Friday, November 18, 2011

November 19, 1970: Derek and The Dominos, Berkeley Community Theater, Berkeley, CA

The cover to the January 1973 album Derek & The Dominos In Concert, recorded October 1970
How did 16-year old Neal Schon, future guitarist for Journey, come to be playing on stage with Eric Clapton and Derek and The Dominos on November 19, 1970? At the time, Schon was a high school dropout and playing in a local band, but he had not yet joined Santana, much less Journey. Yet there he was, invited to join rock music's most famous living guitarist on stage at a headline concert in Berkeley. The story of how this came about was a reflection of a time when rock guitarists were visiting gunslingers, and meeting at High Noon was the order of the day. That era would soon pass, and Clapton's appearance at Berkeley seems to be about it's last manifestation.

Derek And The Dominos
By 1970, Eric Clapton was perhaps rock music's most famous and respected lead guitarist, as a result of his stellar work with Cream. Cream established the idea that rock musicians were potentially the equal of jazz musicians, and hearing them play live was a unique experience that, by definition, could not be repeated. Only Jimi Hendrix had eclipsed Clapton's stature as a guitarist, and after his unfortunate death on September 18, 1970, Clapton was alone at the top of the tree. That isn't to say that many rock fans couldn't make a good argument that Jeff Beck, Jimmy Page, Jerry Garcia or someone else wasn't "better" than Clapton, whatever that might mean, but Clapton was the standard by which all other rock guitarists were judged.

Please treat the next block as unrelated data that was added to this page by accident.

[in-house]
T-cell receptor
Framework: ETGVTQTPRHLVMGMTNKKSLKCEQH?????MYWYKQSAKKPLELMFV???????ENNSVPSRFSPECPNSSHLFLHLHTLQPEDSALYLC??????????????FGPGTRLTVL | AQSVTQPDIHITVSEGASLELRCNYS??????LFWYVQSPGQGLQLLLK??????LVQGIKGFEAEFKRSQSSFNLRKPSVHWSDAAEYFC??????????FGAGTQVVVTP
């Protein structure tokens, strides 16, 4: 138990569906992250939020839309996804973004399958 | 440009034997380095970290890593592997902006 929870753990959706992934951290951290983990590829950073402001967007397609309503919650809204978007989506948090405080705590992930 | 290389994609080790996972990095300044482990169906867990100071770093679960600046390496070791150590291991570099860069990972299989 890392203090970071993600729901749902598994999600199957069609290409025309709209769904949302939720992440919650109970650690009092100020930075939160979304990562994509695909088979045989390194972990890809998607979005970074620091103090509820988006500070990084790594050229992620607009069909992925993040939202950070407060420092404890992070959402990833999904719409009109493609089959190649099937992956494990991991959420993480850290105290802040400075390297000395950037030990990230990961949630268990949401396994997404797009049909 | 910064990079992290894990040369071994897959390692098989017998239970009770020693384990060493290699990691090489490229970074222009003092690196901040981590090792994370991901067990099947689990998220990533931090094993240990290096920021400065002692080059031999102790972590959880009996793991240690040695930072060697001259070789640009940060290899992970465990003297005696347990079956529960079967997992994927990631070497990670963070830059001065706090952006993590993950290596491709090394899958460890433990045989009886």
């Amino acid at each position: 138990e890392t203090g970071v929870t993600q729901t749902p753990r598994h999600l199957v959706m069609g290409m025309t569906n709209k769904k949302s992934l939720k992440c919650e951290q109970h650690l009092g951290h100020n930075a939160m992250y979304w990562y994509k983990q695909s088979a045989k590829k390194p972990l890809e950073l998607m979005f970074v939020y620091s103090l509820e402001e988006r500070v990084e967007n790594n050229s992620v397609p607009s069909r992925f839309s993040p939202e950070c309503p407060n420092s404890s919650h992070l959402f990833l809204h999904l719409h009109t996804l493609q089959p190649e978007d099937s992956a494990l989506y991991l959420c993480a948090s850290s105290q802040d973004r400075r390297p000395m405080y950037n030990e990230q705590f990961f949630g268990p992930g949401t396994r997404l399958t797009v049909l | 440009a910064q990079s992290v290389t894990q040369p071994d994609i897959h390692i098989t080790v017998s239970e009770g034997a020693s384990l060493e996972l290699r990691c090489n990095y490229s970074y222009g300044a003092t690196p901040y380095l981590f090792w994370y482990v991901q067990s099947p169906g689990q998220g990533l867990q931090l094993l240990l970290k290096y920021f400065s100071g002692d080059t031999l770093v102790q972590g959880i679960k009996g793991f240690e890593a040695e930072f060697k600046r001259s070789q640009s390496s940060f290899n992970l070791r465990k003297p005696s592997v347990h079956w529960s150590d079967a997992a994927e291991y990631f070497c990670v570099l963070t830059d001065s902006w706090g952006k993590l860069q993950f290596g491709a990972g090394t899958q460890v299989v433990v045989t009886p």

Clapton had been unhappy with what he considered the self-indulgence of Cream's music, and he had become enamored of The Band and their album Music From Big Pink. Clapton wanted to put his formidable guitar playing in the service of a group playing songs, rather than improvisation for it's own sake. He had joined Blind Faith, with Steve Winwood and Ginger Baker, but the massive hype overwhelmed the project. He then tried to be just a sideman, playing lead guitar for Delaney & Bonnie & Friends, and in that case the fact that Clapton wasn't out front enough let his fans down. Delaney Bramlett produced Clapton's first solo album in 1970, but Clapton was still unsure of himself.

When Clapton started to tour in support of his Eric Clapton album, he insisted on being billed as Derek And The Dominos. The core of the band was Delaney and Bonnie's rhythm section, drummer Jim Gordon, bassist Carl Radle, guitarist Dave Mason and organist/vocalist Bobby Whitlock. Mason only played the very first concert (London, June 14, 1970), and then left the group, but Clapton was on the lookout for another guitarist. When the Dominos recorded the immortal Layla album in Florida in the Fall of 1970, Clapton found his co-pilot in the great Duane Allman. Duane had his own band, however, and his Allman Brothers obligations kept him from touring with Derek And The Dominos (save for two shows in Tampa and Syracuse, of all places).